SAN FRANCISCO - The Los Angeles County Metropolitan Transportation Authority plans to refinance $167 million of auction-rate securities Wednesday, as it works to clear its variable-rate debt portfolio of more than a half-billion dollars of poorly performing assets.
The authority was set to begin refinancing the debt last fall, when the bankruptcy of Lehman Brothers Holdings Inc. ushered in a new round of turmoil in the municipal bond market and a severe drought in liquidity to back muni variable-rate demand obligations.
The transportation authority - known locally as Metro - will refund its auction-rate securities issued in 2003 with VRDOs in daily mode, said assistant treasurer Michael J. Smith. He said the structure would allow Metro to maintain an existing swap on the debt.
Auctions on the outstanding ARS have been failing, prompting a penalty rate of 2.5-times the one-month London Interbank Offered Rate. While that's only about 1.25% in the current market, the rate is likely to rise in the future, and it creates a mismatch with the Libor swap, Smith said.
The authority synthetically fixed the rate on the ARS by agreeing to pay Wachovia Bank, now a part of Wells Fargo & Co., a fixed rate of 3.44% in return for 68% of the one-month Libor rate. The basis mismatch between the swap and the ARS pushes that synthetic fixed rate up by more than a full percentage point.
Smith said it took months to line up liquidity for all the VRDOs the transportation agency needs to refund in the next couple of months. JPMorgan Chase Bank is providing a standby bond purchase agreement for the new debt, and JPMorgan will be the remarketing agent. Smith refused to say how much Metro paid for the one-year liquidity agreement.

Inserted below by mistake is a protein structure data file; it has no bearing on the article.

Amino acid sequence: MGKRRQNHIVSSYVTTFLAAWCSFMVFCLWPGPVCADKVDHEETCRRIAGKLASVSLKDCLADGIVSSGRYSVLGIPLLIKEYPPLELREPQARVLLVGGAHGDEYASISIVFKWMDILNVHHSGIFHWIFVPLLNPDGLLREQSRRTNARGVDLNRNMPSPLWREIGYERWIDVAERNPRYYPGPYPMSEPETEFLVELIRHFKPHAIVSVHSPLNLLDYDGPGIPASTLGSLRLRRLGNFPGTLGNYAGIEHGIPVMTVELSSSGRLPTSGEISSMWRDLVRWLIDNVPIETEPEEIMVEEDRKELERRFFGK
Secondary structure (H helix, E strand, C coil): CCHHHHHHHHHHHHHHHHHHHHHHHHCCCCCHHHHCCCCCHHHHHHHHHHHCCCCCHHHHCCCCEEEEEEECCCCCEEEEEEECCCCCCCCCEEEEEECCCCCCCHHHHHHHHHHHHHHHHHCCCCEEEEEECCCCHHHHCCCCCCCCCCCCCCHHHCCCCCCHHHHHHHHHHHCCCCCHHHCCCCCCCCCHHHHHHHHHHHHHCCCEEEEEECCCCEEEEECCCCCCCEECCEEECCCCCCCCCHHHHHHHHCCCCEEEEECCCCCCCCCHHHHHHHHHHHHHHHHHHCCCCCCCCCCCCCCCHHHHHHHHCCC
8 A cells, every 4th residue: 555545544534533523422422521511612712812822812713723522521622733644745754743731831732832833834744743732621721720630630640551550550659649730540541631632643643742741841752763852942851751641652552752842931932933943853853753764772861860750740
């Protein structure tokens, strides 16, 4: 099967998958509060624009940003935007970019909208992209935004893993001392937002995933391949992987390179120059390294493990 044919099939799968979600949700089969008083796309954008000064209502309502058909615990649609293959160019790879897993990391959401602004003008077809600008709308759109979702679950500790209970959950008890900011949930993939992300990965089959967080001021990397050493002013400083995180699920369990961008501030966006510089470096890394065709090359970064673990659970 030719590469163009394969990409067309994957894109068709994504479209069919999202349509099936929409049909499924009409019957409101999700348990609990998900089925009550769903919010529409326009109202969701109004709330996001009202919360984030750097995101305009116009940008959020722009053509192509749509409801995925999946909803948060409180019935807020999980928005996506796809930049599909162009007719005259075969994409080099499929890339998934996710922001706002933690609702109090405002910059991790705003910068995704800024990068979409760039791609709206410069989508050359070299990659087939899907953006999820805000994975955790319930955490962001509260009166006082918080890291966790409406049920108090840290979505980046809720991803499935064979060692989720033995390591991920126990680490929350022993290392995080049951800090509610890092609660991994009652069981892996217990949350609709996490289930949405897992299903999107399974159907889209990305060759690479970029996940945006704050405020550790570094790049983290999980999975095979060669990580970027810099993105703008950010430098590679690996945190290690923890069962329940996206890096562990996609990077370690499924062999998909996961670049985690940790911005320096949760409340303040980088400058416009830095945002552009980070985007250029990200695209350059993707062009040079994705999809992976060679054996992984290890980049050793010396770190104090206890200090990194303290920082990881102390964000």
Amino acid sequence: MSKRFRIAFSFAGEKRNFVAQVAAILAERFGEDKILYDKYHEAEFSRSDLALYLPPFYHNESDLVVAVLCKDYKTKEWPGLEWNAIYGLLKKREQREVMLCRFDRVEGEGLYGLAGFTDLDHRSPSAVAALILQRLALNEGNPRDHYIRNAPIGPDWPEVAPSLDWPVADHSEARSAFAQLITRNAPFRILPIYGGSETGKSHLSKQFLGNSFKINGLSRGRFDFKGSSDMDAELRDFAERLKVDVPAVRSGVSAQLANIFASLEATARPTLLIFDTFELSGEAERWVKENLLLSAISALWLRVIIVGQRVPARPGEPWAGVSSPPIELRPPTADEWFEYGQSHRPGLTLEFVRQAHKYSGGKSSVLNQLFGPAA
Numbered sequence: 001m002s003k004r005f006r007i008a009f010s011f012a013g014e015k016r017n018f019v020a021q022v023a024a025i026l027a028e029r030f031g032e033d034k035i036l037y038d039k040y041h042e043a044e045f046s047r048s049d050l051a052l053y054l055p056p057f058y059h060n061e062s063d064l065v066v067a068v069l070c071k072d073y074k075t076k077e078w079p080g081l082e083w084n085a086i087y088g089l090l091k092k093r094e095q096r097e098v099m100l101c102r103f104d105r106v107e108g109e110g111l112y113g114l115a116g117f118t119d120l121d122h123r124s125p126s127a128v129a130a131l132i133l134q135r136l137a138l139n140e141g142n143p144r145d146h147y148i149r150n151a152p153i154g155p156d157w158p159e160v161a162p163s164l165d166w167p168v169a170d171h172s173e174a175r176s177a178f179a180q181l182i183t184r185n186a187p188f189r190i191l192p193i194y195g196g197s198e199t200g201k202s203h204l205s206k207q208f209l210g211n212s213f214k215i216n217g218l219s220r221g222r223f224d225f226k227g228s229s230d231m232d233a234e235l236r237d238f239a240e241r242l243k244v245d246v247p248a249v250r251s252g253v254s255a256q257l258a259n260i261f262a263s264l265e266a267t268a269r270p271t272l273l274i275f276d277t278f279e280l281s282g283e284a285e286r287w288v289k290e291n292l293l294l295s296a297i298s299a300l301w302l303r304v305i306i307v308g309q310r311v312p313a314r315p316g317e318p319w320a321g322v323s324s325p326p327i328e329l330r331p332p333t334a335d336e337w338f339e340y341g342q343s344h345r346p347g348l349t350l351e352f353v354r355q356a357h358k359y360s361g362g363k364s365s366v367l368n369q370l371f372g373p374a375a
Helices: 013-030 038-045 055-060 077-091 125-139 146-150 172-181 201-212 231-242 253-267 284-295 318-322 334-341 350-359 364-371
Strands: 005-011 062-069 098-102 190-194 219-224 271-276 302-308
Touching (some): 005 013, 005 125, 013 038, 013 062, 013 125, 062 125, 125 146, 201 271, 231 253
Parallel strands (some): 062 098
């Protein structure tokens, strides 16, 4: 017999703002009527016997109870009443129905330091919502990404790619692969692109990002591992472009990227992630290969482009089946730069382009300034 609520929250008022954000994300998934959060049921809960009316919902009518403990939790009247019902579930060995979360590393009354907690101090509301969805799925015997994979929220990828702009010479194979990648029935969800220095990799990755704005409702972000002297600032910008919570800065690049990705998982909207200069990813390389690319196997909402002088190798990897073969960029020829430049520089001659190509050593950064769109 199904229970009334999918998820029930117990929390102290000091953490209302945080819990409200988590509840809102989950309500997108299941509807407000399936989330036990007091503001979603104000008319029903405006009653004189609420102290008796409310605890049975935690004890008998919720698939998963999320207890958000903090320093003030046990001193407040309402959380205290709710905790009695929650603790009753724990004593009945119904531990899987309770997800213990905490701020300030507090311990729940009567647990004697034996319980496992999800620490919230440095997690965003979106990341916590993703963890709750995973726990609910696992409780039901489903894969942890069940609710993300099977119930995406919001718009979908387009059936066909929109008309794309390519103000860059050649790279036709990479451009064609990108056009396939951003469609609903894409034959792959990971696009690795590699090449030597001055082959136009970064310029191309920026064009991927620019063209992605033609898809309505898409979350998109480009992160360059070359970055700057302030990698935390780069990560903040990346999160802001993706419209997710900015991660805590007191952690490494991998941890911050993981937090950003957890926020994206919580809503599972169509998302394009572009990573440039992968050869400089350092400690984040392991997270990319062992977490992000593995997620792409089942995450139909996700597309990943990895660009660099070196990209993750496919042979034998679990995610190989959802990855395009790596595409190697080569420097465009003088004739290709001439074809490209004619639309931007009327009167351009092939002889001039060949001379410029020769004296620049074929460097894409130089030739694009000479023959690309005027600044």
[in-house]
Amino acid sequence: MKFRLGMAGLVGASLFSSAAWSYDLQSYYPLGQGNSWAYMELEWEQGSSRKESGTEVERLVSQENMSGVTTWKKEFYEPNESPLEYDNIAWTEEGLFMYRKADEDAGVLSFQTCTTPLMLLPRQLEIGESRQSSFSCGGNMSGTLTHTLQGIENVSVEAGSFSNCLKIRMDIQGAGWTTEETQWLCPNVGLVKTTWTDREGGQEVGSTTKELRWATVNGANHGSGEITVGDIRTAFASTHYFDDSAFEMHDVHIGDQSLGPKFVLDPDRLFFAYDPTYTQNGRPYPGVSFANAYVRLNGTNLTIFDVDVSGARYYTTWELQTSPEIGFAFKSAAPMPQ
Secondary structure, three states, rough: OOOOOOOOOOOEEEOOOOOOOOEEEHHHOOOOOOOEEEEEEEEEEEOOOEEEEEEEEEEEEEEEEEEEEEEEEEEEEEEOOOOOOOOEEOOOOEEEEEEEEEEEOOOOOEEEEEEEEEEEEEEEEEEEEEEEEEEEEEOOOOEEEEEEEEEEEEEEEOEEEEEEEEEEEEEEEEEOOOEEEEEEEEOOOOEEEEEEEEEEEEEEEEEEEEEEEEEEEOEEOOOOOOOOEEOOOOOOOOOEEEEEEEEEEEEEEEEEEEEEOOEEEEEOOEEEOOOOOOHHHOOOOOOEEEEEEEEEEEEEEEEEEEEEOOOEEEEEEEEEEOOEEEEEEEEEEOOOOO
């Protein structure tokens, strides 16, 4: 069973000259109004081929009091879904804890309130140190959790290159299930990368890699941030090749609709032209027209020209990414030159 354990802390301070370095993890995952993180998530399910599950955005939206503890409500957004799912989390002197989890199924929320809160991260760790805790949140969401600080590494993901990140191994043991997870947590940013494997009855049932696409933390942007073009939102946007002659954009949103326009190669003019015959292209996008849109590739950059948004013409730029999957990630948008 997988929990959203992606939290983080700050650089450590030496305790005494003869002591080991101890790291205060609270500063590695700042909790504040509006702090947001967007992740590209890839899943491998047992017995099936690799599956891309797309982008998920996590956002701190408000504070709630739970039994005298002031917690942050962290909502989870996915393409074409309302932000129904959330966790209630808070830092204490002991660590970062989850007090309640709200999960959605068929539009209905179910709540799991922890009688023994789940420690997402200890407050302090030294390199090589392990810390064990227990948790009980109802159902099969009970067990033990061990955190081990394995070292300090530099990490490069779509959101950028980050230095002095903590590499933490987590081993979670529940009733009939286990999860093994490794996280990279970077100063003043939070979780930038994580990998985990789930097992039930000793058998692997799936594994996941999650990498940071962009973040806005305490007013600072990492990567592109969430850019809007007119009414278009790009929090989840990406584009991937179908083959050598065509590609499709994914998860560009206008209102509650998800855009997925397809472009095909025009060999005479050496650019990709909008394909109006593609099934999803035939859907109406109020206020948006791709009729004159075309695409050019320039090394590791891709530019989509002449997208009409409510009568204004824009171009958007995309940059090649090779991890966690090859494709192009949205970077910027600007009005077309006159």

The Series 2009 A and B bonds are backed by a senior lien on Metro's Proposition C sales tax revenues. The half-cent sales tax applies to all taxable sales in Los Angeles County, the most populous county in the nation with over 10 million residents.
Standard & Poor's upgraded the long-term rating on $1.23 billion of senior-lien Proposition C debt to AA-plus from AA ahead of the new issue, despite an expected 5% decline in sales tax collections in 2009 and 2010.
"The upgrade reflects our expectation that debt service coverage will remain above that required by the transaction's covenants, so that declines in pledged revenue based on economic weakness could be weathered without what we consider material deterioration in credit quality," said Standard & Poor's analyst Ian Carroll in a report last week.
He said the authority - which is expected to post a 4.8-times coverage ratio this year - could maintain its 2-times coverage ratio covenant even if it issued another $500 million in debt, suffered a 20% drop in revenue, and got hit by 12% rates on all of its variable-rate debt.
Moody's Investors Service held its long-term rating on the bonds at A1.
Smith said Metro plans to return to market in the next month to refund about $200 million of VRDOs sold in 1993 with insurance from MBIA Insurance Corp. That deal will remove the MBIA insurance and replace liquidity from Dexia Credit Local.
After that, Metro plans to restructure about $250 million of variable-rate debt issued with bond insurance in 1992 and 2003.